In survey research, autistic adults and the caregivers of autistic children also report that comfortability of autistic individuals during appointments may impact the success of the visit. Sensory concerns with physical space, including lighting or crowded waiting rooms, may also impact the success of a medical appointment (Saqr et al., 2018; Walsh et al., 2020). Both autistic adults and caregivers of autistic children also note a lack of knowledge and training for HCP as barriers to care (Walsh et al., 2020). A lack of flexibility for accommodations, negative attitudes, and misinterpretation of behaviors are commonly reported (Saqr et al. 2018; Walsh et al., 2020).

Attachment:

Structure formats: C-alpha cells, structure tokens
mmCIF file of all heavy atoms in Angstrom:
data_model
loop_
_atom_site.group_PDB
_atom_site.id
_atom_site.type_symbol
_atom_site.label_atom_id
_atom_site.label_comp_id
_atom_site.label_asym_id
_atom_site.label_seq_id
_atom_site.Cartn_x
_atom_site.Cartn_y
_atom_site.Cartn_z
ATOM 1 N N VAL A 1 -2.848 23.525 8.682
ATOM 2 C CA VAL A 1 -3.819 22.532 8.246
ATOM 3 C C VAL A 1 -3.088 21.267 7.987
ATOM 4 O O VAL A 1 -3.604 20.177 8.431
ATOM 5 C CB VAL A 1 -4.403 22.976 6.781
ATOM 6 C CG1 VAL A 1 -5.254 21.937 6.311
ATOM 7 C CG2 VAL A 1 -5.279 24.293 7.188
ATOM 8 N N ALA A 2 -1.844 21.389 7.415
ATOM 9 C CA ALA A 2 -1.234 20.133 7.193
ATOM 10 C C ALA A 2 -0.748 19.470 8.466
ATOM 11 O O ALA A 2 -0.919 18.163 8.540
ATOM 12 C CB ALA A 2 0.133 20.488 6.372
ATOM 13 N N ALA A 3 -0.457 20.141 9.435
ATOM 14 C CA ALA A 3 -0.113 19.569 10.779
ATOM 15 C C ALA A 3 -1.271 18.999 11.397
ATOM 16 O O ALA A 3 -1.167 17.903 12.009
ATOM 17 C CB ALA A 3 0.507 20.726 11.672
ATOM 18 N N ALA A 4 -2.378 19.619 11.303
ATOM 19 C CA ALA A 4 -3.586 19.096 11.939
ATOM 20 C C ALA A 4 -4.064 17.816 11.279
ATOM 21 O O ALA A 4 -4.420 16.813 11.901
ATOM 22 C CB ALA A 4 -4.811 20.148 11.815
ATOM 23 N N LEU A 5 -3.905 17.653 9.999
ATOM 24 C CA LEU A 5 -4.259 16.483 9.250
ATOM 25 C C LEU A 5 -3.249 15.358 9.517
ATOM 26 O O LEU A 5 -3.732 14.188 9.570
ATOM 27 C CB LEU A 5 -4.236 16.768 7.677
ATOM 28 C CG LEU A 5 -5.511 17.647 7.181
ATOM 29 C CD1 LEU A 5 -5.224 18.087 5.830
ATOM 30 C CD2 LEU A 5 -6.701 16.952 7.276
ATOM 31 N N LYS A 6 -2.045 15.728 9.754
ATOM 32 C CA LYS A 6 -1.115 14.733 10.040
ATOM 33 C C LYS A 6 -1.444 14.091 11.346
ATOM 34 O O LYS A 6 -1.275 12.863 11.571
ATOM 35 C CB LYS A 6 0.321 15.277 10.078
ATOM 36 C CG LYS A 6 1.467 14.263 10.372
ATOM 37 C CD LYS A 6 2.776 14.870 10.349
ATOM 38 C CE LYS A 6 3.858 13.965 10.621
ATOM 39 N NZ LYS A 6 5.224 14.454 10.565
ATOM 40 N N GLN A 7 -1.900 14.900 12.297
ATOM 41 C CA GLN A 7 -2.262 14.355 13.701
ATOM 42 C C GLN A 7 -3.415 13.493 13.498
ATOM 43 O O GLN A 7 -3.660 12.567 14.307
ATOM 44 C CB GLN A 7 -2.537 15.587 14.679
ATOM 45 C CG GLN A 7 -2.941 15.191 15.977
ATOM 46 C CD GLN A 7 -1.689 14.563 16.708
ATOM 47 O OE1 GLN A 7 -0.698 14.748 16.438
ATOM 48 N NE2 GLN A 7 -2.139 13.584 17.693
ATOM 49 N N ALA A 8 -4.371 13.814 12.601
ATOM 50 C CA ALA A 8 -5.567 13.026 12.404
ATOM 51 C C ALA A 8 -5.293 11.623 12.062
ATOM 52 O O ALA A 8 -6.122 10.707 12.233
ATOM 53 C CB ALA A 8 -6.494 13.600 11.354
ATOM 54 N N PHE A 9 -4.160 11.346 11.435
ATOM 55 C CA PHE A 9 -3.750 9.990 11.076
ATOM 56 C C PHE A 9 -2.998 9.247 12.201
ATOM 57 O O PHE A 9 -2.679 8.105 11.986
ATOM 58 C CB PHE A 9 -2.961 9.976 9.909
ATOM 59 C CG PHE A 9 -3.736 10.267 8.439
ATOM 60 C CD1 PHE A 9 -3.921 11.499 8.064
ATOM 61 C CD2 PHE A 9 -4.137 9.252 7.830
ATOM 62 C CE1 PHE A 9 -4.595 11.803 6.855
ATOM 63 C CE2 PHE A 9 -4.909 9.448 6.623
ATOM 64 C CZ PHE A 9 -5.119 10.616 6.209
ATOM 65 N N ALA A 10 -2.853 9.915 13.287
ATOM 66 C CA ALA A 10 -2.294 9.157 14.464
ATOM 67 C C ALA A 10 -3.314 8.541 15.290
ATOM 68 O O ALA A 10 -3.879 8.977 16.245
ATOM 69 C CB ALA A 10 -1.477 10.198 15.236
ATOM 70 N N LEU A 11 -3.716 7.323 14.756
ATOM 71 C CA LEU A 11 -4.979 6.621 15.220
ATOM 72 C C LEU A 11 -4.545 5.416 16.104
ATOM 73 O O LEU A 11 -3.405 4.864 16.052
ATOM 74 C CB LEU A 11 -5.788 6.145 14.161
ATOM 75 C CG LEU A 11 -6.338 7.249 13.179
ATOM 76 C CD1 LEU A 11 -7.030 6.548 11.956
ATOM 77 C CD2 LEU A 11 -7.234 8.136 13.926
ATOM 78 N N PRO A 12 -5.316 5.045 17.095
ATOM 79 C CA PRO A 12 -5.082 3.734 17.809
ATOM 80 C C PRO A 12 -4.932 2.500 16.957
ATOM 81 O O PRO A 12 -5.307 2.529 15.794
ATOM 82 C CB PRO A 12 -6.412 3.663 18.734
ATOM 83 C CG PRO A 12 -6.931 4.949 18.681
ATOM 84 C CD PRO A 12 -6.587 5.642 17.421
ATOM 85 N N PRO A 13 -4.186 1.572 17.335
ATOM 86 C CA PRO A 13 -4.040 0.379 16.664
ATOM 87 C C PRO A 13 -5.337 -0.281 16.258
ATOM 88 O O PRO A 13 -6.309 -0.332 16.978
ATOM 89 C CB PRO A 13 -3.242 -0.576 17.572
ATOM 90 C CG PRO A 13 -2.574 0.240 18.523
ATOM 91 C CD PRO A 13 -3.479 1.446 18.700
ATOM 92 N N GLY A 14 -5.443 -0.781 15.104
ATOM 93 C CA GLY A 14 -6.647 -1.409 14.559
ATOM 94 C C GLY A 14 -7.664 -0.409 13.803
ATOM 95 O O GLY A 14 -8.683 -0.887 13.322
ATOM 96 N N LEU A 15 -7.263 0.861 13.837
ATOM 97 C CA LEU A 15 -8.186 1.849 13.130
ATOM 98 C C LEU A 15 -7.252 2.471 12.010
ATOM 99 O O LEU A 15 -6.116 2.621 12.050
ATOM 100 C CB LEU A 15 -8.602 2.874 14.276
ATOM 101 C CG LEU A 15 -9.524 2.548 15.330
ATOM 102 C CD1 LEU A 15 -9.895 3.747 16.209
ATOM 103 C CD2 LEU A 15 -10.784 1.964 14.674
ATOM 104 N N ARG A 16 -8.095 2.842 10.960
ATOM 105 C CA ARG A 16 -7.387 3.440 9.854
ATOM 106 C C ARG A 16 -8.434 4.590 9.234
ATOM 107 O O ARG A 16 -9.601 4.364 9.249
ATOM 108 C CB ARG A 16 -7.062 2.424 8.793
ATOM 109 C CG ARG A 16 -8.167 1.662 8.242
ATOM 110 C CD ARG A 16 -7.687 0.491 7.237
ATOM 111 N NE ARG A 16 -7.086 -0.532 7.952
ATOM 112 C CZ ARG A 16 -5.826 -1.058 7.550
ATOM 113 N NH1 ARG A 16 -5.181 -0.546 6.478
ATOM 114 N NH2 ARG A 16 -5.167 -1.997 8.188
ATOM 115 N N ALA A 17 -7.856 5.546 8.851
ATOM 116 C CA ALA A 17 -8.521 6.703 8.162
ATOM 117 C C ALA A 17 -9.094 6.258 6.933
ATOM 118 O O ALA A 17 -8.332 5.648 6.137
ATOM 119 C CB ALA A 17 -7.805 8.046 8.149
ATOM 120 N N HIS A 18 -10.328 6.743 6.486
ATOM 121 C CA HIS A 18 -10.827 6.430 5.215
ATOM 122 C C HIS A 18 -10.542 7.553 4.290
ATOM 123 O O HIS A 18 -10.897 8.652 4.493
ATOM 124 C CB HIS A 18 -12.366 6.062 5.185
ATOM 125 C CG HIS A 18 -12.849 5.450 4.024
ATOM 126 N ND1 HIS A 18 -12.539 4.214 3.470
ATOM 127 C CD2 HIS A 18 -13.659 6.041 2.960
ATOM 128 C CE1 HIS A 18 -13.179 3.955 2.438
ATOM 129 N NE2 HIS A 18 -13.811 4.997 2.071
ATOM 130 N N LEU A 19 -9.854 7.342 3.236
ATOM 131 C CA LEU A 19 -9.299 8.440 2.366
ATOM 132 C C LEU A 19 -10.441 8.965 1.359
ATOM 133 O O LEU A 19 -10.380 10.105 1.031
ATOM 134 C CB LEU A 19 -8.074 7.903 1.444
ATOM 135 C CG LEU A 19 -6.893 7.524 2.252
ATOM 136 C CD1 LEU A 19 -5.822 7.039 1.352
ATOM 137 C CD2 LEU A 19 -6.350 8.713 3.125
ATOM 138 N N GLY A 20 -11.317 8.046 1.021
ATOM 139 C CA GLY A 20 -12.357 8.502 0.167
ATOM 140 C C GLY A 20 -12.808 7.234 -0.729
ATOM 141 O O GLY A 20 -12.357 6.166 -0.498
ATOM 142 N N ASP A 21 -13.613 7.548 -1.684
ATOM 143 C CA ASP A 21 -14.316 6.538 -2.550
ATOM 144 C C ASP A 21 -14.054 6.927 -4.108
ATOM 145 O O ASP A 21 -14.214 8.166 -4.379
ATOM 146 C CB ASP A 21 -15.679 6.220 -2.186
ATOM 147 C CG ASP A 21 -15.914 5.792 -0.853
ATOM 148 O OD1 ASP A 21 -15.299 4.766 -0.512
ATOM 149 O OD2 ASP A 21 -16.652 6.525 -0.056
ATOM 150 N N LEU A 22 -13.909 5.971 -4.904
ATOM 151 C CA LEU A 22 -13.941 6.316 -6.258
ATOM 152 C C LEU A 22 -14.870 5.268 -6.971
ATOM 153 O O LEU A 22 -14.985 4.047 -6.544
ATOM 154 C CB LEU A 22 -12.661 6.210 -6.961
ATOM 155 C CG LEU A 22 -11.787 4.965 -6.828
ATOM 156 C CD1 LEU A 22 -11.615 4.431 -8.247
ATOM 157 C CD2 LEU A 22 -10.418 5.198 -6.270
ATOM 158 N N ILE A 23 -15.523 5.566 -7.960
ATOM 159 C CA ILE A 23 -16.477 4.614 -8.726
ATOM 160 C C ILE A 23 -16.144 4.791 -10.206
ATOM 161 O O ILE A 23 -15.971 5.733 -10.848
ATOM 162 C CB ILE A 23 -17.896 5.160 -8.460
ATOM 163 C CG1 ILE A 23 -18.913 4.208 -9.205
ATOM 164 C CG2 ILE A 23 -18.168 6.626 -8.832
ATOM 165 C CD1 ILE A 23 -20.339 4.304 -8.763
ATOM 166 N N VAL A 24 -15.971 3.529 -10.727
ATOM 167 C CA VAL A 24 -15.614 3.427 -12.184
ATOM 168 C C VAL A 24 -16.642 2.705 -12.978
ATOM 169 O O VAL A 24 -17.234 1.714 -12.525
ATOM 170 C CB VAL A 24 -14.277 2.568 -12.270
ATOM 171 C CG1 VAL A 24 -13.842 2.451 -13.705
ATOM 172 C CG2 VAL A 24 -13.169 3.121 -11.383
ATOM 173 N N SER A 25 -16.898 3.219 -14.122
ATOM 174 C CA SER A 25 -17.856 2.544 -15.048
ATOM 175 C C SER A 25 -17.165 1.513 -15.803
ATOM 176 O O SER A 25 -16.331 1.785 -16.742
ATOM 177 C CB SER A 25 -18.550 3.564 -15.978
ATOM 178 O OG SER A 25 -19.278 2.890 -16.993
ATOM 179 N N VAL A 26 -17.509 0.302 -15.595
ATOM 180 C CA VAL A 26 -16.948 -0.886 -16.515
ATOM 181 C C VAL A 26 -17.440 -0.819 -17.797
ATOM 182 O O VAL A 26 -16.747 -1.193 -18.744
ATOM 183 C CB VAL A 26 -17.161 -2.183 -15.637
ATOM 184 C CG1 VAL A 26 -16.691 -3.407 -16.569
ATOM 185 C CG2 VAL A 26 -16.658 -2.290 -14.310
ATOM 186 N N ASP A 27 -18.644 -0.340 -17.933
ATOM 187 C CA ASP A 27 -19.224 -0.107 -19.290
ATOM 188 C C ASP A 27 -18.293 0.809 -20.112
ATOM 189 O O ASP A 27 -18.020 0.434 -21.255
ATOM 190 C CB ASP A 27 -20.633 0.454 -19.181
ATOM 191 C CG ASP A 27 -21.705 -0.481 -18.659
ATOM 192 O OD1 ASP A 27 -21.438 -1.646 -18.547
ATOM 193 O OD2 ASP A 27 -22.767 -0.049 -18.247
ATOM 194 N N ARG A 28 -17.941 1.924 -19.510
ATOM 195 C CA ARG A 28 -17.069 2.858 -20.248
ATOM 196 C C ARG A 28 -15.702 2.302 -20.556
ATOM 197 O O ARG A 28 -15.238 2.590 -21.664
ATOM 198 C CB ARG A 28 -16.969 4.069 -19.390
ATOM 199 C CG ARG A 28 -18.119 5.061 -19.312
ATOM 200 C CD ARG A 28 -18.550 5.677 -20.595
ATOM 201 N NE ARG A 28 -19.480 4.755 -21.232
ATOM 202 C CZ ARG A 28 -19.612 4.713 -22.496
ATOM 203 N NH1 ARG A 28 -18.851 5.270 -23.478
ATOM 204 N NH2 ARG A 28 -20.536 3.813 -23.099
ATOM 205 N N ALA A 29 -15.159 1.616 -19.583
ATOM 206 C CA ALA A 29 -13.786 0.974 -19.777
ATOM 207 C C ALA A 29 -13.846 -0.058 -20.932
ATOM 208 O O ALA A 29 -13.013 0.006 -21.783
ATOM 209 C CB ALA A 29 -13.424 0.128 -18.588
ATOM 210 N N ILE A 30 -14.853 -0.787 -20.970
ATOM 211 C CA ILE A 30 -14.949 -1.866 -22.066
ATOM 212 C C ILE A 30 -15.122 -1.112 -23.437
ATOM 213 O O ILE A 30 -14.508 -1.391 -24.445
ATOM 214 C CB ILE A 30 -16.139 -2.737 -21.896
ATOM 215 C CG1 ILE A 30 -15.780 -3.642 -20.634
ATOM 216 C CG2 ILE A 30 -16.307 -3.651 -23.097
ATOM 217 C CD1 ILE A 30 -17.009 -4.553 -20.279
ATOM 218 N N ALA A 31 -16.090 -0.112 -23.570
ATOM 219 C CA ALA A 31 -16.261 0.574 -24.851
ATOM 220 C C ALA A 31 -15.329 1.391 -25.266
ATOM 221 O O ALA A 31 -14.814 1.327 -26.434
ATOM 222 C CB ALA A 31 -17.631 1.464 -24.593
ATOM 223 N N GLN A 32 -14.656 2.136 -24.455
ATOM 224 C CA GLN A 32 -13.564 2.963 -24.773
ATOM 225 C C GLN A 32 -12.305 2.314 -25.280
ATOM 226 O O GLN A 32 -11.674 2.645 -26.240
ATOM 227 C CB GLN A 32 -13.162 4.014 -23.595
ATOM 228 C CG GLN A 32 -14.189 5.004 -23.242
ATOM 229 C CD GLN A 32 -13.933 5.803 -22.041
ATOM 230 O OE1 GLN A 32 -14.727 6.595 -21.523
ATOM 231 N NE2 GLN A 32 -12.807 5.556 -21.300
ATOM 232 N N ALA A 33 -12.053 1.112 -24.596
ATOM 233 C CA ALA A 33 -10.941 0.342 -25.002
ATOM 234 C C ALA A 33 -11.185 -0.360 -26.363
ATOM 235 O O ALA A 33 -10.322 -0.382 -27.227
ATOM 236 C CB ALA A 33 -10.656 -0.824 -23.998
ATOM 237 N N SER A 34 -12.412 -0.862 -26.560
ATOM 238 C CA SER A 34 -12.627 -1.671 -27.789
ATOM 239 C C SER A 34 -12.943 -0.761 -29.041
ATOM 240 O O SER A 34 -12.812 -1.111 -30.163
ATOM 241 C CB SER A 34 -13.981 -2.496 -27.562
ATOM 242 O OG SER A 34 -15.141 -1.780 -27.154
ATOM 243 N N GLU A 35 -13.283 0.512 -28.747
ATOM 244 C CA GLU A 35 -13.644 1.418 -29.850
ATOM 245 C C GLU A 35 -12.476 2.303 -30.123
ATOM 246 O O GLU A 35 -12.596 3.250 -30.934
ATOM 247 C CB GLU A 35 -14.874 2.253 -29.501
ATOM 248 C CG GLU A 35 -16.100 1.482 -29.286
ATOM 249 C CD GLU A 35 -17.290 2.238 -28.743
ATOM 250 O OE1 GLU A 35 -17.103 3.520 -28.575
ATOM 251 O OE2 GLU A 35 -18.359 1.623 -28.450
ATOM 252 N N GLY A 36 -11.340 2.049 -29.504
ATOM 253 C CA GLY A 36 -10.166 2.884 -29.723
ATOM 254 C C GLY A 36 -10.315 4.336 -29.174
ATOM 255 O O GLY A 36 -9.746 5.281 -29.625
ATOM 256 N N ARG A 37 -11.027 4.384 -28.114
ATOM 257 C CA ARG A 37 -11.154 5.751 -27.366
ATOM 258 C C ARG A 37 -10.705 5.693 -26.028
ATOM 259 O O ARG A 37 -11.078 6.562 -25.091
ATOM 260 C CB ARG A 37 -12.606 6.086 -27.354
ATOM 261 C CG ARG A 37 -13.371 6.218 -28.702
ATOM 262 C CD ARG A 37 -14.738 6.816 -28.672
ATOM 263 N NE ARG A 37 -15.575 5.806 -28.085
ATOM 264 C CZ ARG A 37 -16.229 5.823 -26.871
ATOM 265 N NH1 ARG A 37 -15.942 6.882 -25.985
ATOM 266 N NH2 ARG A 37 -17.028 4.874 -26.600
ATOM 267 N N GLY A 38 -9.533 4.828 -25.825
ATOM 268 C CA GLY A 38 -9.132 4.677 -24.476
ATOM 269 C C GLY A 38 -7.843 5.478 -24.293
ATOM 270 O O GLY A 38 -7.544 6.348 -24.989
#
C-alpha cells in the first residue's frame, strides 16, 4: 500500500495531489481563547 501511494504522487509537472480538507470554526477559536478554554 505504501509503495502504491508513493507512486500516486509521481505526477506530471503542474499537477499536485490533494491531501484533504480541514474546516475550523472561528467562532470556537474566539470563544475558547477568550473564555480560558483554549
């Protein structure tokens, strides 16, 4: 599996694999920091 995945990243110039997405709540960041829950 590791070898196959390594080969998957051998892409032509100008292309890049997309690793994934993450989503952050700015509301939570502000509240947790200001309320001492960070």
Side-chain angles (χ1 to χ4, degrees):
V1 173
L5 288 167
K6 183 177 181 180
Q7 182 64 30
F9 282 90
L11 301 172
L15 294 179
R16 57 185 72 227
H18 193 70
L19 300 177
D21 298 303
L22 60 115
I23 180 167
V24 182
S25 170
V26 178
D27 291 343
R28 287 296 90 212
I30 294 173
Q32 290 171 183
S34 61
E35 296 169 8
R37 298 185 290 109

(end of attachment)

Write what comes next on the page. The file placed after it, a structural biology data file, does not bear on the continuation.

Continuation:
Given the barriers to quality healthcare and the increased prevalence of medical comorbidities in autistic individuals, an increase in advocacy in access is critical. Advocacy requires the collaboration of HCPs and behavioral health practitioners (e.g., Board Certified Behavior Analysts) alongside autistic individuals and their caregivers.
Recommendations for Healthcare Professionals
When it comes to advocacy by HCPs, individual practitioners may be limited in some areas of advocacy efforts by system or payor requirements (e.g., number of billable appointments per day, reimbursable activities). In what follows, we provide general recommendations for advocacy and encourage consideration of how greater system-level modifications may increase the likelihood of sustainable change. Recommendations are aimed at increasing the likelihood of a successful and comprehensive appointment that results in an improved healthcare experience for both the patient and HCP.